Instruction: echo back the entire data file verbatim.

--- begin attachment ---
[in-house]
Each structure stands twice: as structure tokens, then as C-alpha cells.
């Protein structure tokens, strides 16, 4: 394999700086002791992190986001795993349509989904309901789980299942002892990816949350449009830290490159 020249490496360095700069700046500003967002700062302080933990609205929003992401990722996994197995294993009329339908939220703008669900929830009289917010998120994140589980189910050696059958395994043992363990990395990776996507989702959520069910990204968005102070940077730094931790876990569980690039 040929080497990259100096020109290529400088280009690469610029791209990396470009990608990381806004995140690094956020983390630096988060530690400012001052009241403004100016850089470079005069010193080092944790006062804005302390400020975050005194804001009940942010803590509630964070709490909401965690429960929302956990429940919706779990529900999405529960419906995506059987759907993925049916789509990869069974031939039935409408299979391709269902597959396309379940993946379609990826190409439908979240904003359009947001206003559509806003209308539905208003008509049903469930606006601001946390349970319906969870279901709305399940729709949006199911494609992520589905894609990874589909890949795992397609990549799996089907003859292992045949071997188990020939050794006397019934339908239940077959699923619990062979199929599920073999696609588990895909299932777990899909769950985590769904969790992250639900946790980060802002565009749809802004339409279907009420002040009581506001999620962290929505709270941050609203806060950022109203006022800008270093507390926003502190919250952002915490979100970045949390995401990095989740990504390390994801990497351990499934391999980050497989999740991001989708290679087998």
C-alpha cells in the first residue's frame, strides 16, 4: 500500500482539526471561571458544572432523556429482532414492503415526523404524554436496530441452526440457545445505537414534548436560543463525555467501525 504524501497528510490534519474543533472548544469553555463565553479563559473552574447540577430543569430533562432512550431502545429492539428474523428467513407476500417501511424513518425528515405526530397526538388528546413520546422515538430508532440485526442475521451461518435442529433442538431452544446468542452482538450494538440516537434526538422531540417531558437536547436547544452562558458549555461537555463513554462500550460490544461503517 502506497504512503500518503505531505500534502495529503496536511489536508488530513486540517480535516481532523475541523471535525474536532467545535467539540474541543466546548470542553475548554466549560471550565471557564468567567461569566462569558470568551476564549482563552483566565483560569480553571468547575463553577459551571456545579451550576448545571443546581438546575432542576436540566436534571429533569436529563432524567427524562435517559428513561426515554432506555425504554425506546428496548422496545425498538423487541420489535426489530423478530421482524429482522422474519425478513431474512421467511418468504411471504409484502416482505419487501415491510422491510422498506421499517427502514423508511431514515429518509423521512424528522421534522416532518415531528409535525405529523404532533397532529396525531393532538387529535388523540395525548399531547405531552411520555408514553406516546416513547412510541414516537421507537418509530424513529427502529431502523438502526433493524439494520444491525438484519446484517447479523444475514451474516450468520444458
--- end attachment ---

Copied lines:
[in-house]
Each structure stands twice: as structure tokens, then as C-alpha cells.
């Protein structure tokens, strides 16, 4: 394999700086002791992190986001795993349509989904309901789980299942002892990816949350449009830290490159 020249490496360095700069700046500003967002700062302080933990609205929003992401990722996994197995294993009329339908939220703008669900929830009289917010998120994140589980189910050696059958395994043992363990990395990776996507989702959520069910990204968005102070940077730094931790876990569980690039 040929080497990259100096020109290529400088280009690469610029791209990396470009990608990381806004995140690094956020983390630096988060530690400012001052009241403004100016850089470079005069010193080092944790006062804005302390400020975050005194804001009940942010803590509630964070709490909401965690429960929302956990429940919706779990529900999405529960419906995506059987759907993925049916789509990869069974031939039935409408299979391709269902597959396309379940993946379609990826190409439908979240904003359009947001206003559509806003209308539905208003008509049903469930606006601001946390349970319906969870279901709305399940729709949006199911494609992520589905894609990874589909890949795992397609990549799996089907003859292992045949071997188990020939050794006397019934339908239940077959699923619990062979199929599920073999696609588990895909299932777990899909769950985590769904969790992250639900946790980060802002565009749809802004339409279907009420002040009581506001999620962290929505709270941050609203806060950022109203006022800008270093507390926003502190919250952002915490979100970045949390995401990095989740990504390390994801990497351990499934391999980050497989999740991001989708290679087998």
C-alpha cells in the first residue's frame, strides 16, 4: 500500500482539526471561571458544572432523556429482532414492503415526523404524554436496530441452526440457545445505537414534548436560543463525555467501525 504524501497528510490534519474543533472548544469553555463565553479563559473552574447540577430543569430533562432512550431502545429492539428474523428467513407476500417501511424513518425528515405526530397526538388528546413520546422515538430508532440485526442475521451461518435442529433442538431452544446468542452482538450494538440516537434526538422531540417531558437536547436547544452562558458549555461537555463513554462500550460490544461503517 502506497504512503500518503505531505500534502495529503496536511489536508488530513486540517480535516481532523475541523471535525474536532467545535467539540474541543466546548470542553475548554466549560471550565471557564468567567461569566462569558470568551476564549482563552483566565483560569480553571468547575463553577459551571456545579451550576448545571443546581438546575432542576436540566436534571429533569436529563432524567427524562435517559428513561426515554432506555425504554425506546428496548422496545425498538423487541420489535426489530423478530421482524429482522422474519425478513431474512421467511418468504411471504409484502416482505419487501415491510422491510422498506421499517427502514423508511431514515429518509423521512424528522421534522416532518415531528409535525405529523404532533397532529396525531393532538387529535388523540395525548399531547405531552411520555408514553406516546416513547412510541414516537421507537418509530424513529427502529431502523438502526433493524439494520444491525438484519446484517447479523444475514451474516450468520444458